## Abstract

A Lie bracket defined on the linear span of the free homotopy classes of undirected closed curves on surfaces was discovered in stages passing through Thurston’s earthquake deformations, Wolpert’s corresponding calculations with Hamiltonian vector fields and Goldman’s algebraic treatment of the latter leading to a Lie bracket on the span of directed closed curves. The purpose of this work is to deepen the understanding of the former Lie bracket which will be referred to as the Thurston-Wolpert-Goldman Lie bracket or, briefly, the TWG bracket. We give a local direct geometric definition of the TWG bracket and use this geometric point of view to prove three results: firstly, the center of the TWG bracket is the Lie sub algebra generated by the class of the trivial loop and the classes of loops parallel to boundary components or punctures; secondly the analogous result holds for the centers of the universal enveloping algebra and of the symmetric algebra determined by the TWG Lie algebra; and thirdly, in terms of the natural basis, the TWG bracket of two non-central curves is always a linear combination of non-central curves. These three results hold for surfaces with or without boundary. We also give a brief and more illuminating proof of a known result, namely, the TWG bracket counts intersection between a simple closed curve and any other closed curve. We conclude by discussing substantial computer evidence suggesting an unexpected and strong conjectural statement relating the intersection structure of curves and the TWG bracket, namely, if the TWG bracket of two distinct undirected curves is zero then these curve classes have disjoint representatives. The computer experiments were performed on curves on surfaces with boundary. The main tools are basic hyperbolic geometry and Thurston’s earthquake theory.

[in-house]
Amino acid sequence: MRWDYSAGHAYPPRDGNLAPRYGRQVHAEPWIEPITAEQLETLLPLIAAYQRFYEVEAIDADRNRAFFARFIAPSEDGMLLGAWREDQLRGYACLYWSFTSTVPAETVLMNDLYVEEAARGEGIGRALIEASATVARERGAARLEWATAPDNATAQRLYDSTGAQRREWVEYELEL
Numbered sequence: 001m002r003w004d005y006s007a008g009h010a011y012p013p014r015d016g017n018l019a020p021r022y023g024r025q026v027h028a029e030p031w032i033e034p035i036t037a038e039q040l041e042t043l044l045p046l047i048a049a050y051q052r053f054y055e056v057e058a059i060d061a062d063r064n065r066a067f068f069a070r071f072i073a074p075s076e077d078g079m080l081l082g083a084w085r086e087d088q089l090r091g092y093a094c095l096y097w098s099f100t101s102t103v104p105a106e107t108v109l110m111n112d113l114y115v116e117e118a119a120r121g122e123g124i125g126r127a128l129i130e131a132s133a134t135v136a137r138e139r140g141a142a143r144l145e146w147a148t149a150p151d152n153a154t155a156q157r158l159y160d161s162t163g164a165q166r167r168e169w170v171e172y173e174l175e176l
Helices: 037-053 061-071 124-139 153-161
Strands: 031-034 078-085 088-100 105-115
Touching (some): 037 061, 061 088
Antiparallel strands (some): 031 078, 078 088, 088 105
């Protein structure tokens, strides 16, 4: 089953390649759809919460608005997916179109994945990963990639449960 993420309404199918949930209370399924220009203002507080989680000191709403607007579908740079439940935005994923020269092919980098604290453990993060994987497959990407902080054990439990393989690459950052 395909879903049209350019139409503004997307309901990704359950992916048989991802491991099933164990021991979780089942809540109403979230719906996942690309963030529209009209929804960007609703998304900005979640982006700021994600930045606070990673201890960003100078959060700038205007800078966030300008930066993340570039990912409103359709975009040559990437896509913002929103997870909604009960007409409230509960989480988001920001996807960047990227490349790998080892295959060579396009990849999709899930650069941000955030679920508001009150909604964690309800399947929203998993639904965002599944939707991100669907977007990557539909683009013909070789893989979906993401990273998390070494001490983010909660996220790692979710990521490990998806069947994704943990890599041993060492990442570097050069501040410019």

Original language | English |
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Pages (from-to) | 2365-2386 |

Number of pages | 22 |

Journal | Transactions of the American Mathematical Society |

Volume | 375 |

Issue number | 4 |

DOIs | |

State | Published - 1 Jan 2022 |

Externally published | Yes |

## ASJC Scopus subject areas

- General Mathematics
- Applied Mathematics